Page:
Born from the sweat of the industrial working class, among its many nicknames association football has long been known as ‘the people’s game’. The phrase conjures up quaint images; jumpers for goalposts, local pride and vast stands full of flat caps. Since the Victorians codified it, our national love of the sport has become perhaps our most binding cultural myth.
But does it deserve this kind of sentiment in the 21st Century? What is football today? And what connection does it hold with working people now?
For many citizens of austerity Britain, January is a fraught and frugal time. Festive excesses weigh heavily, while 2018 looms up like a mugger. Somehow the new year must be looked squarely, fearfully in the eye.
Wander through any town around 8am and you’ll see huddled workers waiting for buses in the rain. More than 20% of workers are in precarious, minimum wage employment. As Britain’s cost of living rises – food inflation reached its highest point in four years in November– many are wondering how they will get through the month.
Yet as Britons up and down the country face this grim reality, football indulges in a bi-annual carnival of extravagance. Since the 2002-3 season, the English Premier League has operated the ‘transfer window’ system, giving clubs only two sessions when they can sign or sell players. The summer window runs from June to August, while the winter period occupies the month of January.
For those on their way to work, newspaper back pages relate tales of unimaginable riches. The opening of the current window has already seen a world record: the sale of Brazilian Philippe Coutinho from Liverpool to Barcelona for £142m. Coming the other way, the reds of Merseyside signed Dutch defender Virgil van Dijk from Southampton for £75m.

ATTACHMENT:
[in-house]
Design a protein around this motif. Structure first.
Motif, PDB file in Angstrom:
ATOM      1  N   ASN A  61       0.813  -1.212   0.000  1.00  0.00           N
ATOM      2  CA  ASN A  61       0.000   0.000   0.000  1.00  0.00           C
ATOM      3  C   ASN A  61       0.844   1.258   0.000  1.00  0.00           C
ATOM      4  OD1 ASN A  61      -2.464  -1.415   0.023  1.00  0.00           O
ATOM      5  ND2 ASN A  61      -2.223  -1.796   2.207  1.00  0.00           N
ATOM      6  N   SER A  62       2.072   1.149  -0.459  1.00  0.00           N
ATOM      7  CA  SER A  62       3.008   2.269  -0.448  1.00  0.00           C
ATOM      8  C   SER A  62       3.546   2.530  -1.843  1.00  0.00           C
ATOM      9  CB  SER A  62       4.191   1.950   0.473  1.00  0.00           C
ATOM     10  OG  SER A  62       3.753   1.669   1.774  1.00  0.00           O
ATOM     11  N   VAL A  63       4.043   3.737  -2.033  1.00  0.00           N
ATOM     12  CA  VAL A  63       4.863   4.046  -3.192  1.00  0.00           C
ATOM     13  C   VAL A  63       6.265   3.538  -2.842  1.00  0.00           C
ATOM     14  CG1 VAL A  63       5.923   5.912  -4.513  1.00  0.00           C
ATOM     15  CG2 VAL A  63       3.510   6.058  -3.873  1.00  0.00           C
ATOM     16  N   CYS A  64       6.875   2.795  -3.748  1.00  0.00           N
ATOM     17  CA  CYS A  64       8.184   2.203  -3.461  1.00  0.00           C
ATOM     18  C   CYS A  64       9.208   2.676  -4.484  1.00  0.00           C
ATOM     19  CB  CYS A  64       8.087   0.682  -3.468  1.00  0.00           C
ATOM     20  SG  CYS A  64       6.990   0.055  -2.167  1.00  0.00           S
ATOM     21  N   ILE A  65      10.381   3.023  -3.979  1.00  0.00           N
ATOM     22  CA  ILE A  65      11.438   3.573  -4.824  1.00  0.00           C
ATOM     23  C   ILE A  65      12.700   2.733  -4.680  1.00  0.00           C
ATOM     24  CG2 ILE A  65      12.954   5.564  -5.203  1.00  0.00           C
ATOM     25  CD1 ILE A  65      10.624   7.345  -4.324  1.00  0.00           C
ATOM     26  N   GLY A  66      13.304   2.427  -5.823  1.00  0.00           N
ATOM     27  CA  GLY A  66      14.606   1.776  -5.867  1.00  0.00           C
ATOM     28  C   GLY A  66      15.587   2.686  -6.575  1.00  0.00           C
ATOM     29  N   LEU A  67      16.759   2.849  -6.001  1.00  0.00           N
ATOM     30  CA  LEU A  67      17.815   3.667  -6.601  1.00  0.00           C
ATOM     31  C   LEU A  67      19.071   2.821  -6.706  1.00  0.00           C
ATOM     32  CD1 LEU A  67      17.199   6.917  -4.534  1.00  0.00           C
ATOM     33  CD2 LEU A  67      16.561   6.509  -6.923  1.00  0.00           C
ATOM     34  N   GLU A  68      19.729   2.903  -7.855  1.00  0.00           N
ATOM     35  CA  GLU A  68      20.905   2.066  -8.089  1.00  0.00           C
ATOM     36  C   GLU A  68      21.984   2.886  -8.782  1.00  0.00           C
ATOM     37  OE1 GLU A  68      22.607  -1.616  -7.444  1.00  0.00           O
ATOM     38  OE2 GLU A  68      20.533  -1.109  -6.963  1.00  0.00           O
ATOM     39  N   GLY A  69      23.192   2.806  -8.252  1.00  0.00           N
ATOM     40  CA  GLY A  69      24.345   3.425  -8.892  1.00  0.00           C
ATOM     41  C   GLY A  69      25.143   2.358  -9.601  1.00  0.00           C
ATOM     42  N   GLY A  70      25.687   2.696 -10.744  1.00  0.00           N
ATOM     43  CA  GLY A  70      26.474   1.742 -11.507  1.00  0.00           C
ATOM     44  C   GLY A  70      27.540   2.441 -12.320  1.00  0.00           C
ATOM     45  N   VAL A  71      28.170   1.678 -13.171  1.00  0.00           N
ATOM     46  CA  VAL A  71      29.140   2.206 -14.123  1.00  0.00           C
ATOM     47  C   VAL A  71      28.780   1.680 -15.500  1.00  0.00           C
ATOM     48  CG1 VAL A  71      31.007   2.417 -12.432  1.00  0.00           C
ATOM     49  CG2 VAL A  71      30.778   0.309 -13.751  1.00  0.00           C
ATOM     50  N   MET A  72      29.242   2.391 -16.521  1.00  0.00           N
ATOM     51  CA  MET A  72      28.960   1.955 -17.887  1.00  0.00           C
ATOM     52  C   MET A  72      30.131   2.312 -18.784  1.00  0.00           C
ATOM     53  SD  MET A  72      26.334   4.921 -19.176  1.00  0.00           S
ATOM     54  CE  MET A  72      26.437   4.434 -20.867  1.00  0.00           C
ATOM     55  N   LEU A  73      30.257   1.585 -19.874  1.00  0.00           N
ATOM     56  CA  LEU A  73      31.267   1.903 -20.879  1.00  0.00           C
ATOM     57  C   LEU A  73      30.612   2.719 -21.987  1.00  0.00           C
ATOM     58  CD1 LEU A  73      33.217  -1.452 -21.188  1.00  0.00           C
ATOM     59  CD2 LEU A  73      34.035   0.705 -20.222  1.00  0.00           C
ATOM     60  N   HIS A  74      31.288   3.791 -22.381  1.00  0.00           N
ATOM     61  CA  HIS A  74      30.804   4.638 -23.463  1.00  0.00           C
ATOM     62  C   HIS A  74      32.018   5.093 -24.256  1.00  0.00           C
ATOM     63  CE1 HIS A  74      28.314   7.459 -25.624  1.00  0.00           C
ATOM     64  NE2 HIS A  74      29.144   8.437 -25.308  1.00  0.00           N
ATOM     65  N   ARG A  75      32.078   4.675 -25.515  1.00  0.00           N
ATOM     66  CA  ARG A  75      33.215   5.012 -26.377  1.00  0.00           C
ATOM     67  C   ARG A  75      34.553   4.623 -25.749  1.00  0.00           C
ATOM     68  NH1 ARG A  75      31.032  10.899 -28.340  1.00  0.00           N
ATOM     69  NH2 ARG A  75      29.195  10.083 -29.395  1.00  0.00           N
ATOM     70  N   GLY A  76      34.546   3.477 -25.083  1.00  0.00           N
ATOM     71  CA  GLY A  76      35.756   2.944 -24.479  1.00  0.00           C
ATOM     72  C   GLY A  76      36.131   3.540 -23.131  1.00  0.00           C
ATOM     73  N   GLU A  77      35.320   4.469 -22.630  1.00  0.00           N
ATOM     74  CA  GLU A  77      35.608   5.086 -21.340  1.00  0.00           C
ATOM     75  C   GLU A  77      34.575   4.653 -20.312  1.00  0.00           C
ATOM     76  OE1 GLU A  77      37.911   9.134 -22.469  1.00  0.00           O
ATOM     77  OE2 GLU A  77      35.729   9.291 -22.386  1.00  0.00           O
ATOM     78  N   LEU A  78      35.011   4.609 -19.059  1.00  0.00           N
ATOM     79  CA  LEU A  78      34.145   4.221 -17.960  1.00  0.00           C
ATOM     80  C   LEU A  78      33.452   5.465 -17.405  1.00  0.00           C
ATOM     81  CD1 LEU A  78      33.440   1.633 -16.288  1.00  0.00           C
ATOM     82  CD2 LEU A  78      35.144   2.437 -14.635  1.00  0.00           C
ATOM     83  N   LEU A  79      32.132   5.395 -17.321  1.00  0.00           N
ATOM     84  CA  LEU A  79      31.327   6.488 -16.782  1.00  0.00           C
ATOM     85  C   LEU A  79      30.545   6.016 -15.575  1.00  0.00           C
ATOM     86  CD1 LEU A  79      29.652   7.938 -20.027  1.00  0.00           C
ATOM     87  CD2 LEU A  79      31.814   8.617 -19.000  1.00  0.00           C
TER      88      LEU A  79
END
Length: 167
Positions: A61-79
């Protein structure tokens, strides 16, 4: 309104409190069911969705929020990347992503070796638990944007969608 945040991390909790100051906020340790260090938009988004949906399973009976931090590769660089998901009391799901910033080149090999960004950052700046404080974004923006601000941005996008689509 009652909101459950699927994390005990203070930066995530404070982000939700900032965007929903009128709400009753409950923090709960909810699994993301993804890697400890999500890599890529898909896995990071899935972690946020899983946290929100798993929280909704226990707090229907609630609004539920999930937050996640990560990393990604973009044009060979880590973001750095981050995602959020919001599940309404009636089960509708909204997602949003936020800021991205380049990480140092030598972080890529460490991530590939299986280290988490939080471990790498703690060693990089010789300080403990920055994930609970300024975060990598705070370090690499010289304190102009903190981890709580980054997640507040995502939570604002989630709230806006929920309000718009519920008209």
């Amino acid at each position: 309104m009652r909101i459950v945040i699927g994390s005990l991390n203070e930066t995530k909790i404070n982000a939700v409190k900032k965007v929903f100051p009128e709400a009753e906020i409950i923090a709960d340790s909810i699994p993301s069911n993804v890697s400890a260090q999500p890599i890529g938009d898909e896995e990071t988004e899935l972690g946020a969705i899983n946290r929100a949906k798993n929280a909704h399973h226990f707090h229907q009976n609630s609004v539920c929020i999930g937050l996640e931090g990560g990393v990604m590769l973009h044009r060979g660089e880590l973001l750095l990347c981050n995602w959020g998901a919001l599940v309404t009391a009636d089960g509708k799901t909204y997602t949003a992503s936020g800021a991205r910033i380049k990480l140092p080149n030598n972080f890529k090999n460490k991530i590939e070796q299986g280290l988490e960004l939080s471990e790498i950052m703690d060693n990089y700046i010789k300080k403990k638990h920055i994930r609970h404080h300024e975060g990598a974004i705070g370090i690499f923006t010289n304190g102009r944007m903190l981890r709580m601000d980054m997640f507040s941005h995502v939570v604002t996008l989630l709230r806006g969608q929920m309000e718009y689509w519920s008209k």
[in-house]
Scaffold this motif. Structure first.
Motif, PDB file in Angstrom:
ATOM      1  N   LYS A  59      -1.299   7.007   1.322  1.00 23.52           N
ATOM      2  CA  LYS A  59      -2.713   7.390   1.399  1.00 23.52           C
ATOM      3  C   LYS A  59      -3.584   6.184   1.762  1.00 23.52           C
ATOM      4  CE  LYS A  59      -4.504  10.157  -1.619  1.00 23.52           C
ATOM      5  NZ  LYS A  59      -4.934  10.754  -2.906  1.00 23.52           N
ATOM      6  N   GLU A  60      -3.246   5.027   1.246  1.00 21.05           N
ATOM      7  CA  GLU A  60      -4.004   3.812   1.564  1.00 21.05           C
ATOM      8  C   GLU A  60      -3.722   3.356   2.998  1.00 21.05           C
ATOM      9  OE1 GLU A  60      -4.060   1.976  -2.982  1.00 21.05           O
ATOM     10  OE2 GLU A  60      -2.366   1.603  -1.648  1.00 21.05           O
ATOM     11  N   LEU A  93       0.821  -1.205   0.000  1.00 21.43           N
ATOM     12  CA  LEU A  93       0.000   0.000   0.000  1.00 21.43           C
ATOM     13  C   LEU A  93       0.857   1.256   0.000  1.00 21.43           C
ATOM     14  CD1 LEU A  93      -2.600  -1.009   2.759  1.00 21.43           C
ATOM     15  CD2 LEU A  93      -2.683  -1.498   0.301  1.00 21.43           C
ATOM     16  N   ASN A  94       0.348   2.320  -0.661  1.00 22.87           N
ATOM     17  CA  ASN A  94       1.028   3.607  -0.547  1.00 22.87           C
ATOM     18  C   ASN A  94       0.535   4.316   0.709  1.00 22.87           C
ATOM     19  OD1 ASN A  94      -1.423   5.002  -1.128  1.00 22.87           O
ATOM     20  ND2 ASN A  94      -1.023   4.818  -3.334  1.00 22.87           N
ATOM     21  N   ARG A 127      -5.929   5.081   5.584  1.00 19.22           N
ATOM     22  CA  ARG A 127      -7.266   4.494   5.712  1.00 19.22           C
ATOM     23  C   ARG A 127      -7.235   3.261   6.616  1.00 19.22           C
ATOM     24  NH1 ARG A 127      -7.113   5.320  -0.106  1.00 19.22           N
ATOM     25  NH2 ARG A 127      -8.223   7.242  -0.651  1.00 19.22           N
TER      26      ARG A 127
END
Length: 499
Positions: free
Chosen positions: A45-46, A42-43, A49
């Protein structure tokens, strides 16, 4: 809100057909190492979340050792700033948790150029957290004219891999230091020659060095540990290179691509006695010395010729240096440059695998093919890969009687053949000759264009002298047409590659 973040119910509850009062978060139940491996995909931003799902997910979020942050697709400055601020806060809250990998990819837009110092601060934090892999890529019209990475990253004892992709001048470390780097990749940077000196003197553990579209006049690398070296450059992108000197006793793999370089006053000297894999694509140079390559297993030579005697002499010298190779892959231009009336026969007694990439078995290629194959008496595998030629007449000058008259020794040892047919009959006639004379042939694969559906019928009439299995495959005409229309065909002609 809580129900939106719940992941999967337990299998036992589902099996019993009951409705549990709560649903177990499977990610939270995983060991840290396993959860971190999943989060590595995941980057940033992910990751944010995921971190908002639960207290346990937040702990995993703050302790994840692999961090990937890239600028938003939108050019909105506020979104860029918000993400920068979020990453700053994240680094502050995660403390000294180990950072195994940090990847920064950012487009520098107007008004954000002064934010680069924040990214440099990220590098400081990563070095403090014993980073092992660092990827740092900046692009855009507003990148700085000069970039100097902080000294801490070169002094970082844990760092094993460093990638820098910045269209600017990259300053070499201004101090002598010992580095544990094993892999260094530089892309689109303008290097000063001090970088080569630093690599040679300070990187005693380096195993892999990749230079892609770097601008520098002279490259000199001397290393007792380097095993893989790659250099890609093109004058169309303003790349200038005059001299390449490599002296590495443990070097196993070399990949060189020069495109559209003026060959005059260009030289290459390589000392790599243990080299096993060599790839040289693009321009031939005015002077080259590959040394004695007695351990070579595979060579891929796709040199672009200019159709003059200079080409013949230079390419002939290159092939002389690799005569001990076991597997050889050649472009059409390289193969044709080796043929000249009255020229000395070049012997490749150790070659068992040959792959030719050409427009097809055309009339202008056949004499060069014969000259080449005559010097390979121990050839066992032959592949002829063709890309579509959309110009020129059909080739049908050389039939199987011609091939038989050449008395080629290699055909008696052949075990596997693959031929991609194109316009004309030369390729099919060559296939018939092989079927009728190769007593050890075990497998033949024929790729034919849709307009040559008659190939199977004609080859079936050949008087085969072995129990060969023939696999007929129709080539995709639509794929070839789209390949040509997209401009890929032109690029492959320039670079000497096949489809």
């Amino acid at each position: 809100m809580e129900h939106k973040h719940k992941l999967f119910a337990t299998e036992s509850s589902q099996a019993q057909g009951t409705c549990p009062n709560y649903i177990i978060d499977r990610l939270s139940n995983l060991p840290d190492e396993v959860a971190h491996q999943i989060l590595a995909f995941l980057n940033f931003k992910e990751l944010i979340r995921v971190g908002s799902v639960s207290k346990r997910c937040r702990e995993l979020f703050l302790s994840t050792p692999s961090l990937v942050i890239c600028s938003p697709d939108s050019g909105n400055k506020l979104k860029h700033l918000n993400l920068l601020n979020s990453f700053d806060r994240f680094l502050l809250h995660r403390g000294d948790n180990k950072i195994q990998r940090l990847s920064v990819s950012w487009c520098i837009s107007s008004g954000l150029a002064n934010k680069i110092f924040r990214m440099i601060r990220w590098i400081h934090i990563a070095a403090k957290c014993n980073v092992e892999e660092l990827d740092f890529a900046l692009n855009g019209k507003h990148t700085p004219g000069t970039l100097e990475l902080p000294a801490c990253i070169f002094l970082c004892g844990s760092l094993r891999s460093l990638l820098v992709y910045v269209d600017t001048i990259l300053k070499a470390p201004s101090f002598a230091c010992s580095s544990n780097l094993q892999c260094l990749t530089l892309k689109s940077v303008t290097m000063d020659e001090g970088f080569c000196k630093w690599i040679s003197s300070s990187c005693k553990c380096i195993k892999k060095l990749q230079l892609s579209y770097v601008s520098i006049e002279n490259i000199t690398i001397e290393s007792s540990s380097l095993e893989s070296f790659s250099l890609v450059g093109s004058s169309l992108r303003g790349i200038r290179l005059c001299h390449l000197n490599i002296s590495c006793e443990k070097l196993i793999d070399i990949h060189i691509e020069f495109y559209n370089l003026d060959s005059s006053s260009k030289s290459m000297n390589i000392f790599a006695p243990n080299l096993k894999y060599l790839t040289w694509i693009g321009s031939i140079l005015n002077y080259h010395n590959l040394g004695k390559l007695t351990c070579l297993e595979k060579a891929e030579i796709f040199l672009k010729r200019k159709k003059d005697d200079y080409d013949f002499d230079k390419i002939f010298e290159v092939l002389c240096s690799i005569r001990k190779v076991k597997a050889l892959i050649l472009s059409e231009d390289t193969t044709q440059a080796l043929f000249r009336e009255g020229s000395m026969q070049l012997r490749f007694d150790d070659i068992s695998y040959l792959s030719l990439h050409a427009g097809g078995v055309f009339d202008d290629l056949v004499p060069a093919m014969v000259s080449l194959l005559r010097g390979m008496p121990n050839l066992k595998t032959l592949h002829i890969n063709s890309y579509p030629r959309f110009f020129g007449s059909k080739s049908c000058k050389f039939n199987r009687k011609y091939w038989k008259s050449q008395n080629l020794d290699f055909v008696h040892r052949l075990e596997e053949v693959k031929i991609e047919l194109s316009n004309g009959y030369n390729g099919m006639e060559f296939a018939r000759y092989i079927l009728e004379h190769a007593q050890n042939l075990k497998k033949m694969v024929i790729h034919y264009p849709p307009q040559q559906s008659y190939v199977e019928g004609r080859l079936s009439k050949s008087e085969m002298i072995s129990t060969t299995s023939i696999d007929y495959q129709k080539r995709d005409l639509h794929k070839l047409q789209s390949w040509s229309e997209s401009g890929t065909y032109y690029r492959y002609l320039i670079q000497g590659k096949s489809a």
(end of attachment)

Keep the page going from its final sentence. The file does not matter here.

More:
Elsewhere, England international midfielder Ross Barkley joined Chelsea from Everton for an estimated total of £22m. In a sign of the unreality in which football operates, this figure is widely described as a “bargain”. Everton supporters, whose club is situated in a city with one of the highest rates of child poverty in the country, are incensed the fee was not doubled. Even the mayor of Liverpool, who should surely have more pressing priorities, has felt it necessary to comment publicly on Barkley’s sale. This is the power football has.
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It is sobering to read that during the last completed transfer window, of summer 2017, the Premier League’s net spend came to £1.47bn. Consider the funding crises in our hospitals, schools and other public services. Much as we may love football and perceive it as separate from the wider economy, is there not a case for re-balance?
Haves and have nots?